In the UK, where shale gas reserves are likely to prove considerable, shale gas production and use is still some years in the future.
Professor Paul Stevens, Distinguished Fellow at Chatham House, says some estimates put technically recoverable resources in the Bowland Shale Play in North West England at 210 trillion cubic feet, compared to nine trillion cubic feet of proven conventional gas reserves. “These are big numbers being bandied about and, of course, if they prove to be accurate, then it will supply gas to the UK for quite a long time,” he says.
When it comes to the reservations surrounding extraction, environmental concerns centre on underground water contamination through hydraulic fracturing – or fracking. Environmentalists also argue that shale gas operations will lead to methane leaks. Professor Stevens suggests that not all the claims are well founded. “My view of the scientific evidence is that properly operated and regulated, wells should not cause contamination, but there is no doubt that bringing these resources above ground is an extremely difficult business.”
Property rights are another far from straightforward matter. In the US, landowners stand to benefit from any discovery of shale gas reserves in their backyard, while in the UK subsoil minerals and hydrocarbons belong to the state, so issues around compensation are hard to resolve.
In Europe, individual countries are responsible for regulating shale gas extraction, but the argument for EU-wide regulation is gaining traction. Professor Stevens’ view is that Brussels realistically may not be able to bring a coherent regulatory regime together in any sensible timeframe. “Such an effort would simply delay the development of shale gas in Europe due to regulatory uncertainty,” he says.
In the meantime, China has been tipped as the next epicentre for a shale revolution. Shale gas resources are considerable and the prospects for bringing them on-stream are better than in Europe. China has invested in the necessary expertise and has a large number of recoverable reserves. It is not without its own issues, however. Most of its shale gas resources are in the west of the country, which is arid, and hydraulic fracturing requires access to water. Additionally, China is no longer immune to community opposition. Increasingly, local communities are beginning to exert themselves and quiet acquiescence is not a given.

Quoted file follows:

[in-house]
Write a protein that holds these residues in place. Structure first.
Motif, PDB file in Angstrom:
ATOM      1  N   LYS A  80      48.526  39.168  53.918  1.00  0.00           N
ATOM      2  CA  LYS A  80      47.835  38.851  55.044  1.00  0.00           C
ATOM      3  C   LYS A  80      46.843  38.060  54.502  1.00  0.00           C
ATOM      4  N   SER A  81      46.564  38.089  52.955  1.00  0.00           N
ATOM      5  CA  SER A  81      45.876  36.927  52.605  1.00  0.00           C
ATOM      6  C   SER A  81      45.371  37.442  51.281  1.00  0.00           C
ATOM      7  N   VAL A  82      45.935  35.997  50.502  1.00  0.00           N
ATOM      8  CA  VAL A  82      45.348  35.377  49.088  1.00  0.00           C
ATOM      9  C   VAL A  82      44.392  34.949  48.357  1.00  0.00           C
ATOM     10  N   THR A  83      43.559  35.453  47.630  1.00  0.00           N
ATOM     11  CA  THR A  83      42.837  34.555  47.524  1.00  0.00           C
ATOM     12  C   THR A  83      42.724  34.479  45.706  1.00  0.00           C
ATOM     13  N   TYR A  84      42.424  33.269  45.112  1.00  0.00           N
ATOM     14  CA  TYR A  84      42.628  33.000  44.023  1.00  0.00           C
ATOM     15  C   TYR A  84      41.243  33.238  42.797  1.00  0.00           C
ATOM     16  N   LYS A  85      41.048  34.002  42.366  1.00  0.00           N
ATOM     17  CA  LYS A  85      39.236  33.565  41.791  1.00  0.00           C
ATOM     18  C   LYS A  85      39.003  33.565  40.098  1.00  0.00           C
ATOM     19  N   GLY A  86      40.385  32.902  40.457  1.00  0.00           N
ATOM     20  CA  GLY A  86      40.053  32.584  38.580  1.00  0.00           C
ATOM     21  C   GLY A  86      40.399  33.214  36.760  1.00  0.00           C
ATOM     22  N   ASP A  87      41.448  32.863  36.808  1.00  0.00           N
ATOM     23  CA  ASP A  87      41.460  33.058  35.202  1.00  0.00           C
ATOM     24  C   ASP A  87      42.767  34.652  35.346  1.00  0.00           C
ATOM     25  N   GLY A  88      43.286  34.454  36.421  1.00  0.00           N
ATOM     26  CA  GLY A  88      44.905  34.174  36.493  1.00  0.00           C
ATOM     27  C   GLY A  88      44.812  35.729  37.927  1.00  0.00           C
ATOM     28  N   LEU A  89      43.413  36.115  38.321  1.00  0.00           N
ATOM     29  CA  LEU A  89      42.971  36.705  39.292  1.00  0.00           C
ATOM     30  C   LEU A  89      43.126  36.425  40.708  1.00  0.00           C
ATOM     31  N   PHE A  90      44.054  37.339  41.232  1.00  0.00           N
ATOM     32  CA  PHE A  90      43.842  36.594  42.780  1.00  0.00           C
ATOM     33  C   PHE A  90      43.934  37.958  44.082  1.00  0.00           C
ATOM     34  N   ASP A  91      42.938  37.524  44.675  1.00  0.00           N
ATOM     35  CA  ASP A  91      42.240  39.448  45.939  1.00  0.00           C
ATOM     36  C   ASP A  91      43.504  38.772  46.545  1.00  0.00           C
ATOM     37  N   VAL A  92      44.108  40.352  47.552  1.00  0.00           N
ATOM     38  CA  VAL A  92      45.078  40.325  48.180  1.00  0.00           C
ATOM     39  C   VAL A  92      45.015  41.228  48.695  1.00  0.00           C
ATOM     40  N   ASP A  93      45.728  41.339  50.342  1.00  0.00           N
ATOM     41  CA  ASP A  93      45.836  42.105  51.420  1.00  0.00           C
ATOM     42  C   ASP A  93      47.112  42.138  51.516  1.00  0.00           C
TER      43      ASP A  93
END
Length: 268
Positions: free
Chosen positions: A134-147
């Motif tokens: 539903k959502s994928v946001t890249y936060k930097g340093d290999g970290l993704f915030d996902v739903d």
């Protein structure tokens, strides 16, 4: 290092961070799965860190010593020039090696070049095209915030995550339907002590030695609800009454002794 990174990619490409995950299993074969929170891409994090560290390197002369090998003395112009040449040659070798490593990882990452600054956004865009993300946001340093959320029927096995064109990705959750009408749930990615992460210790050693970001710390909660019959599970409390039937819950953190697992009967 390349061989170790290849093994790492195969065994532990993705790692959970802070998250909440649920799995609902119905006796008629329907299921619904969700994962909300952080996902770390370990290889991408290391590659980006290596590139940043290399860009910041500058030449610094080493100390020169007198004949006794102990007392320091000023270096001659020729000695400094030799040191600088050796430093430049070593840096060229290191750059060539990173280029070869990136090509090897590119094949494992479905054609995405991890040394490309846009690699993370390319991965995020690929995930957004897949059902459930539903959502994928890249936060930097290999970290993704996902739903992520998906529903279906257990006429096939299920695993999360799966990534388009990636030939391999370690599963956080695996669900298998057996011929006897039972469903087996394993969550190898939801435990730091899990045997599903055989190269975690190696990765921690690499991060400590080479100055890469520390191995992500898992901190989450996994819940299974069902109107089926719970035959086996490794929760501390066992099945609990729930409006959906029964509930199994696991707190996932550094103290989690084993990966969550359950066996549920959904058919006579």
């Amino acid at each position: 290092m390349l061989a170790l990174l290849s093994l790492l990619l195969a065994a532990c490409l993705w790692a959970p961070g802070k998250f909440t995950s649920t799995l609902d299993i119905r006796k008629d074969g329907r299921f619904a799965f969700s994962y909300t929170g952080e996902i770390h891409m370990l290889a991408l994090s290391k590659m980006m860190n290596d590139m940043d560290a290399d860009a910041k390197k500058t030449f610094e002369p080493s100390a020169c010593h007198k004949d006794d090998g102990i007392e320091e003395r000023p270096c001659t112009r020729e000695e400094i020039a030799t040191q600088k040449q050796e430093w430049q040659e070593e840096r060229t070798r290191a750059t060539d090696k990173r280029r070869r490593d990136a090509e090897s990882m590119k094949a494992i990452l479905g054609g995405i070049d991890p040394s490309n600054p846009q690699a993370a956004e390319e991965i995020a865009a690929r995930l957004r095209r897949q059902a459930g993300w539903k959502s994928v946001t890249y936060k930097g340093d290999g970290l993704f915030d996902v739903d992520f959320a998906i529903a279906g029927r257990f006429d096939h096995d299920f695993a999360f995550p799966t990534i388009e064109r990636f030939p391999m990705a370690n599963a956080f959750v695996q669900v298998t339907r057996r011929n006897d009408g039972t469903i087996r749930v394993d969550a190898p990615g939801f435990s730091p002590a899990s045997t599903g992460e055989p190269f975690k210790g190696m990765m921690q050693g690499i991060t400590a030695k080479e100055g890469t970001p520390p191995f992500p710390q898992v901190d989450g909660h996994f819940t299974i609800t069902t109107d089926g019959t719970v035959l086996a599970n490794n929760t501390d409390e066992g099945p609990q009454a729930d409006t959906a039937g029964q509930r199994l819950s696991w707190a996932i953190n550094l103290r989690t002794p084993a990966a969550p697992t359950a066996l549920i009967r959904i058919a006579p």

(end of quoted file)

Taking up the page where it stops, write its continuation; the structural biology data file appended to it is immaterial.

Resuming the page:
The shale gas revolution in the US has had considerable impact on the dynamics of the international energy markets. Exploration activity has led to a glut in supply and the domestic gas price has fallen dramatically. That has made the US very competitive and demand for gas is quite buoyant in the US, as the manufacturing and petrochemicals sectors begin to revive. European industrialists are, Professor Stevens says, extremely disquieted about their competitive position compared to their American rivals.
“The plentiful supply of shale gas and its low price has also had the effect of pushing coal out of the energy market in the US and the US is now a major exporter of coal, particularly to Europe. However, demand for a domestic European gas supply is likely to pick up strongly, I believe. One reason for this is that European regulatory restrictions on gas-fired power stations are receding. Between 1975 and 1990, there was legislation against building a gas-fired power station in Europe as it was regarded as a primary fuel.” Today the picture is very different and as regulatory restrictions are lifted in the UK, so they are lifted across Europe, he points out.
So supply and demand for gas in Europe are going to increase. “There will be shortages and gluts, but as we go into the future I think we can talk about a ‘golden age’ of gas,” says Stevens. Will UK shale gas production play a substantial role? “The UK will probably start producing shale gas in the next five years but there are many barriers to overcome before it is produced in any significant quantities”
Head of Upstream Advisory Practice, UK
+44 (0)20 73116008